During the summer, I worked for three weeks at the architectural firm from which I have previous experience. Amongst other projects I was mainly focused on the common room of a student accommodation new build. The site was once the home to a cotton spinning mill that later became a military uniform factory. These were the main two influences on the scheme for the accommodation and I was given a set of images to kick-start the design.
The main structure of the building had been designed by the architects but I was able to play with internal partitions, furniture and zone plans, finishes and lighting.
Final Day: INSTALLATION DAY. After grafting solidly for two days the installation was up and running. Everyone was pretty tired but it was such a buzz to see it how we had imagined, and mildly surprising to see it actually work! I spent the day checking the videos for sound fluency and adding a few last touches to the projections whilst everyone else put up the structures. At one point I had to go back to uni for an hour or so, so when I came back I could really see a transformation. When we had our trial run yesterday we didn’t put everything up to perfection as we knew it had to come down later that day, so it was great to see how all the little, but important, things made such a difference, for example tidying the wires, using black tape and having the record sleeves and clothing pulled taught.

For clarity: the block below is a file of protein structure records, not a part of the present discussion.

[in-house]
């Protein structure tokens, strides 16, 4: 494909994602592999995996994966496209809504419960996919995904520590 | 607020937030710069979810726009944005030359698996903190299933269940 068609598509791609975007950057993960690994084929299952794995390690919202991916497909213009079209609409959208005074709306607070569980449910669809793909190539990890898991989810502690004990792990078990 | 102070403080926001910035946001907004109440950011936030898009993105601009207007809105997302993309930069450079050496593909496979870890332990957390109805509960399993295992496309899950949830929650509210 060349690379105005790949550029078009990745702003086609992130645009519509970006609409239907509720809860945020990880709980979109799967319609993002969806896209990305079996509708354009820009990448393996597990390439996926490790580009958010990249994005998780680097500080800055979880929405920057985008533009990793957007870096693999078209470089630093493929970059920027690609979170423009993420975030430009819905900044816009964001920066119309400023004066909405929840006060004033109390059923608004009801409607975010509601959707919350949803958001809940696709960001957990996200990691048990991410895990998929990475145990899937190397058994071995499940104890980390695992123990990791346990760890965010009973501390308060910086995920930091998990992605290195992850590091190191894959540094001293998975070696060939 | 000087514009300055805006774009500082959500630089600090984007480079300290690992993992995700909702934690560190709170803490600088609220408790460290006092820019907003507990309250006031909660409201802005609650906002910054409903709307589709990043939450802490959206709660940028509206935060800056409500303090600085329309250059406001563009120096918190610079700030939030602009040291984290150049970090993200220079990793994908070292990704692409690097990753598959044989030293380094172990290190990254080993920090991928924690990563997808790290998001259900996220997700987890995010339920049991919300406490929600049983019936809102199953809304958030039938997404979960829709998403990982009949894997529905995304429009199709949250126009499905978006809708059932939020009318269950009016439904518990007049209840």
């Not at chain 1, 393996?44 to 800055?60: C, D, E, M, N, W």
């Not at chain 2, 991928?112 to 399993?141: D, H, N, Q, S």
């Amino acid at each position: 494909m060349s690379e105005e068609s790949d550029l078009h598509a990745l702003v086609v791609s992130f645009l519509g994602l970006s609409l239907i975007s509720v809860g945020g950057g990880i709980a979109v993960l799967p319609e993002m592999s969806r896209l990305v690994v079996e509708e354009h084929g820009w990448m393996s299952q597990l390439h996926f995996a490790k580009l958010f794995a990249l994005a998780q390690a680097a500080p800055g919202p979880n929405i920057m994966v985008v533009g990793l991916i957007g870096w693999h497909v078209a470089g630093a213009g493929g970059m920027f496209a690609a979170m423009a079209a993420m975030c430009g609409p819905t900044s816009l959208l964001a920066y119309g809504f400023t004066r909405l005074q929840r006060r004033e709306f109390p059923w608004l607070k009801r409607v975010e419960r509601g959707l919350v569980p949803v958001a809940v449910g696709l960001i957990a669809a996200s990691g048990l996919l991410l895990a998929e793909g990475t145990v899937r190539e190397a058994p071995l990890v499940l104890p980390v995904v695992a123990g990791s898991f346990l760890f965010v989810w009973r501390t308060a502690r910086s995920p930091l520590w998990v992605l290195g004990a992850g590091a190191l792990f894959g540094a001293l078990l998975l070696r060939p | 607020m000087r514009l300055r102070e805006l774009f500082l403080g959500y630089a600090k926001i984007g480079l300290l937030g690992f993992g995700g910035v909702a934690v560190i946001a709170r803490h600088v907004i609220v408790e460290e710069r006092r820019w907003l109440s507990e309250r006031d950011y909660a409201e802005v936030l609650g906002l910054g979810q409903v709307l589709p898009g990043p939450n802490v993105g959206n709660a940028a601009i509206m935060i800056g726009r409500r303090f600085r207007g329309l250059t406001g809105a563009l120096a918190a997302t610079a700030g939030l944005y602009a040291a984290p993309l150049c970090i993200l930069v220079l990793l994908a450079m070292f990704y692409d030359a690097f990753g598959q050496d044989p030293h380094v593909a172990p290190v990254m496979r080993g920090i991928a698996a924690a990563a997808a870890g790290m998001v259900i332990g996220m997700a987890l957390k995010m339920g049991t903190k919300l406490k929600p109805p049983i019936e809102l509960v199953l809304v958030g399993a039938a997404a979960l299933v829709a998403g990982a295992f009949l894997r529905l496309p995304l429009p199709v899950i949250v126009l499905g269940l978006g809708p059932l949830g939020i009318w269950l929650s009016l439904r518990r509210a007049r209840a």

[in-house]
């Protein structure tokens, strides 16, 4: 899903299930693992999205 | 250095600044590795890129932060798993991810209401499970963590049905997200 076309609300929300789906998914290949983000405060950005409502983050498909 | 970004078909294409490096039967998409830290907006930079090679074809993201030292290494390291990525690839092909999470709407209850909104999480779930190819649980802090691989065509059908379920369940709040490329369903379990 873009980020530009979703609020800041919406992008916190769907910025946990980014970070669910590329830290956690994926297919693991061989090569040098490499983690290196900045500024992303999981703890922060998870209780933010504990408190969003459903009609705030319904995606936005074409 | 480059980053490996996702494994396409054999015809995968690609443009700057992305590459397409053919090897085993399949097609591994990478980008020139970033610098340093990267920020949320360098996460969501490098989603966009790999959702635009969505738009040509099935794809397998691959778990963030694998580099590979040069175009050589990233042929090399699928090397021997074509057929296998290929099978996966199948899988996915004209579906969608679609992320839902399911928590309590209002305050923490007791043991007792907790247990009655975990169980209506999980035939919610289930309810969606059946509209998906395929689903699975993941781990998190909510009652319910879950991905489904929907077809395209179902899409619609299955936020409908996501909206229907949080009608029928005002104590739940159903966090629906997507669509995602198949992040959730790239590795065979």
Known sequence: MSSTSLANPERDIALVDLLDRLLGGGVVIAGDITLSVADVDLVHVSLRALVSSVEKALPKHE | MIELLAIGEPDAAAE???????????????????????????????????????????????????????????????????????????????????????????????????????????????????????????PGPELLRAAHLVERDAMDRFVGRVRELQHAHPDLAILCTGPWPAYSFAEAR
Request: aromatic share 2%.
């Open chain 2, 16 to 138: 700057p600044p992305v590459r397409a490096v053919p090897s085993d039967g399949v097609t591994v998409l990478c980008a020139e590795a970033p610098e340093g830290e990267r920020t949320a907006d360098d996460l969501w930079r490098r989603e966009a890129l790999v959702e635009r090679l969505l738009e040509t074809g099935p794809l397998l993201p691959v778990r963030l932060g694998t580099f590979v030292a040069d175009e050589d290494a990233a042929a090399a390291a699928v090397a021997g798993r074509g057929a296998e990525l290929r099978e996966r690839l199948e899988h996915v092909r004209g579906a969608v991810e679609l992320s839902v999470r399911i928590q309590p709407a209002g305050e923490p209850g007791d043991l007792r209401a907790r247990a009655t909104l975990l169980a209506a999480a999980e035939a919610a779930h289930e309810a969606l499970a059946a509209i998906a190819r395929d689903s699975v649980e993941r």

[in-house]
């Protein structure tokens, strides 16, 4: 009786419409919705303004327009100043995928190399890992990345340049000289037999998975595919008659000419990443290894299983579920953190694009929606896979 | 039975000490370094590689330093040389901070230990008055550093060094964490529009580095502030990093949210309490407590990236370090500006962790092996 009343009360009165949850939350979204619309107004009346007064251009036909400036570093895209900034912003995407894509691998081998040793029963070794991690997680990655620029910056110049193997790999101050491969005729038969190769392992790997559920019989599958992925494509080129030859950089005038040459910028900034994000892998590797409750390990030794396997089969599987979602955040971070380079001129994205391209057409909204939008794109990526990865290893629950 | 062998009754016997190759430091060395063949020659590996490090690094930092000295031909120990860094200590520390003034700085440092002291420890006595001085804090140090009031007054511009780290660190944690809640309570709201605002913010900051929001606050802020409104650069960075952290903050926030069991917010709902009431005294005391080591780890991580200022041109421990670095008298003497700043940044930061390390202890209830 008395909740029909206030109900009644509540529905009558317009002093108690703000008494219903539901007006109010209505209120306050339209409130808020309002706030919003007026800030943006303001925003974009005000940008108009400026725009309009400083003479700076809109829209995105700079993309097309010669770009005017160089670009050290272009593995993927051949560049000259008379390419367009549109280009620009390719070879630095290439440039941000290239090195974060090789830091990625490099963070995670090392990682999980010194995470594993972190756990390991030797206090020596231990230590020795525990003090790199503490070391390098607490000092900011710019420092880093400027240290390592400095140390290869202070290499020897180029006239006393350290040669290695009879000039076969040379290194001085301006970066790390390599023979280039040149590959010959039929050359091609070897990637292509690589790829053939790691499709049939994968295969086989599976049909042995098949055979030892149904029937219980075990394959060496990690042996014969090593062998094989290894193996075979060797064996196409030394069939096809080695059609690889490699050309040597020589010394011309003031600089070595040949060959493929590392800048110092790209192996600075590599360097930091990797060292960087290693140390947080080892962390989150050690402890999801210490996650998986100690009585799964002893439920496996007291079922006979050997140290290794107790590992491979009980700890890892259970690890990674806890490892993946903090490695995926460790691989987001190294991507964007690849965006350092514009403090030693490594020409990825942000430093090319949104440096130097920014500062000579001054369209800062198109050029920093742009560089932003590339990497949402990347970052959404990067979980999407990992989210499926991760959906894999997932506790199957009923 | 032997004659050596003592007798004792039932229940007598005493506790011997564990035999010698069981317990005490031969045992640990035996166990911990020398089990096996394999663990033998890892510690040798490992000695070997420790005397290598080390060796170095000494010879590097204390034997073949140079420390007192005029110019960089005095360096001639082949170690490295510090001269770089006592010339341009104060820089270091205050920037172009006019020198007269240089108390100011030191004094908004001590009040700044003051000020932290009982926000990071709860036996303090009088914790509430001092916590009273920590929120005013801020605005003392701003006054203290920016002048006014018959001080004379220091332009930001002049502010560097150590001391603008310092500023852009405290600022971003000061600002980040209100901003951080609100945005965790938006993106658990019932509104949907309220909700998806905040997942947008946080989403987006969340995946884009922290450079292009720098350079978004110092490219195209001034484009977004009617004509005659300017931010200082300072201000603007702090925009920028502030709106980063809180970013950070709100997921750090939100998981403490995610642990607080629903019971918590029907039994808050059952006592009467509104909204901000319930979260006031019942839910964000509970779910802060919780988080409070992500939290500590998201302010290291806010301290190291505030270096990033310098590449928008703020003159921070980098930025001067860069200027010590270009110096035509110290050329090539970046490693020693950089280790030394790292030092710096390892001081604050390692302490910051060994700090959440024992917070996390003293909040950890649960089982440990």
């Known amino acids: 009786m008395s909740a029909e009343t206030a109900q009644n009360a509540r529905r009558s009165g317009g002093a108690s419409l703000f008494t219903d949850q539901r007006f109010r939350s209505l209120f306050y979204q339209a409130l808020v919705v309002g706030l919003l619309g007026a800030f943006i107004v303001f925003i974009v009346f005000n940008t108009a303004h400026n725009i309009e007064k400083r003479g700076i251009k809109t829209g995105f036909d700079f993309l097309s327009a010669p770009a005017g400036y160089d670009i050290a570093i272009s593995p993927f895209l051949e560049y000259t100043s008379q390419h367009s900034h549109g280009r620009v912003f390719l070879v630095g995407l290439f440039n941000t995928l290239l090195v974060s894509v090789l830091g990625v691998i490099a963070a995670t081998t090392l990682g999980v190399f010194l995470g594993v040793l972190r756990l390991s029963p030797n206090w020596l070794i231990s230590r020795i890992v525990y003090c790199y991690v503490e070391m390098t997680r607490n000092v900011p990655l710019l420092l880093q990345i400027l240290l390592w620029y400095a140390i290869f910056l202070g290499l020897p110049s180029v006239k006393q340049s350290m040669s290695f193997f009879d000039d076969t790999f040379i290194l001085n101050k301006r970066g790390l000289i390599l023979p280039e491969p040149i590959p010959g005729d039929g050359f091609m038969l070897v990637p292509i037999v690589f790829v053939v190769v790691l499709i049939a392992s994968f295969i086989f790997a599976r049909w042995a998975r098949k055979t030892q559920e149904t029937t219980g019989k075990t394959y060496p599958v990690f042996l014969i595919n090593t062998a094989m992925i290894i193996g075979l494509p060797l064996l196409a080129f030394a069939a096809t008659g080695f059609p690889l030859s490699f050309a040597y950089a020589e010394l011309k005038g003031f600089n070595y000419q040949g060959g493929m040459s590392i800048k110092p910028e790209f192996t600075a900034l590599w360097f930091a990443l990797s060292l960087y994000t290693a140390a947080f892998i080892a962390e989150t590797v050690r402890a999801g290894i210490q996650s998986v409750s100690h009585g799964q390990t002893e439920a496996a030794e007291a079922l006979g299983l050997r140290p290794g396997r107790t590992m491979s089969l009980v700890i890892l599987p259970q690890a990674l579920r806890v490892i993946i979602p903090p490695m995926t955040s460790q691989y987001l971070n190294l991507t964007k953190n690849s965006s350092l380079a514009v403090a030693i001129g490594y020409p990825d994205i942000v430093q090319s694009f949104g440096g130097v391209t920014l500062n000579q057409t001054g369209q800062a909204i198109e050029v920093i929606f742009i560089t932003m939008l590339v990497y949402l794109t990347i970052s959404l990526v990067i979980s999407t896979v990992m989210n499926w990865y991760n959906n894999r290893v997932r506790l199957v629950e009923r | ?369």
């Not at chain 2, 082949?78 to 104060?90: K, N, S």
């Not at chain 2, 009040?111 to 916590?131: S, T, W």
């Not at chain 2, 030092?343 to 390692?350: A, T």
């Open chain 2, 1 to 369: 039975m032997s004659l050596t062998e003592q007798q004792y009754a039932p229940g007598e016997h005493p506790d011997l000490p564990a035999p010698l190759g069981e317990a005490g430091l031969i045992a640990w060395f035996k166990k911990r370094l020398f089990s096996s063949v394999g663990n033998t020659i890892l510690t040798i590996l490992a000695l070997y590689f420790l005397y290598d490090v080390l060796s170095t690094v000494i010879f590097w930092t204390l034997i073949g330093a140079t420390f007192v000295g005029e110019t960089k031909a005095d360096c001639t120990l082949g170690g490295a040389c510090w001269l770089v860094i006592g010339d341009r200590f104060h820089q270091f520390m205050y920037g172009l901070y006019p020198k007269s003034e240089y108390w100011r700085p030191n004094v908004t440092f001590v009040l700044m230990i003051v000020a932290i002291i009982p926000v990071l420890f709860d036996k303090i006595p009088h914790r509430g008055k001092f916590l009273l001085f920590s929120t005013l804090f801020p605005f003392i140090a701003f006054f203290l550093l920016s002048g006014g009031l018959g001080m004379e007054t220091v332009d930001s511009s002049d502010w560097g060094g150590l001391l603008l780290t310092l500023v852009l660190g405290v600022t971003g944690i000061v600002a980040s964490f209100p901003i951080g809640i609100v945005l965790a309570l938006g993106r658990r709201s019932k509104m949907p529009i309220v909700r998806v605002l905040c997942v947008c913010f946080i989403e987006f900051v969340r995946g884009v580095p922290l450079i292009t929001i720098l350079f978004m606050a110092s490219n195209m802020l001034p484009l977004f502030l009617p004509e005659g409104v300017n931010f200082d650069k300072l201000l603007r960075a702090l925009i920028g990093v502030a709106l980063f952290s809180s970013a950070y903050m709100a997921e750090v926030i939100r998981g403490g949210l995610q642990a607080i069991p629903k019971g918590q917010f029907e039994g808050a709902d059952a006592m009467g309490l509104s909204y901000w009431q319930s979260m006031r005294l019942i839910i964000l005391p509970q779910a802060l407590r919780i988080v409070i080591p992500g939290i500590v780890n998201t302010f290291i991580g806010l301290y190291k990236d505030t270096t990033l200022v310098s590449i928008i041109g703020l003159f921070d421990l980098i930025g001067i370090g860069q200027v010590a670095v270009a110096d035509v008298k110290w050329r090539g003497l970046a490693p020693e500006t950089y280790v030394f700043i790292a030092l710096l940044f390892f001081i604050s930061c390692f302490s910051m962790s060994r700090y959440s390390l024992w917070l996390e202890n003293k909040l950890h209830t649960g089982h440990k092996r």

There were a few minor things that our tutors picked up on when they came to mark it, but we were able to change most of these before the festival opened. We couldn’t change the beer boxes, but if we’d thought about it, it would have been nice to use boxes of beer that was sold in DRY at the time. Unfortunately we were not able to project onto one of the pieces of clothing as the projection finished half way down the shirt, this could have been solved if we’d had time to set the clothes up as they would have been the day before and make any adjustments.
It was annoying for us to be restricted to erecting the installation between 11 and 4 on the final day, as it meant there wasn’t any room for mistakes, but I think it made as work harder and more efficiently.
The most gutting experience, for us all I think, was when the projector lost connection to the computers. The projection turned blue and without help there wasn’t anything any of us could do to set it up again. We’d all put so much hard work into the project it was such a shame that it couldn’t be used to its full potential. After an hour we decided the best thing for us to do was take down the projectors, call it a day and just enjoy the rest of the night.
I personally think the installation worked very well, when it did, and it was great to hear positive feedback from our friends that visited. It’s been a learning curve for many of us, not only working in a team but learning about the city we live in and its culture and history. Not coming from Manchester itself, it’s nice to learn about the social history and hear stories from people that had grown up here. Those we spoke to all seemed to know each other, even though we had ‘found’ them through different contacts. There was a real community of people here and I think thats so important for somewhere you live.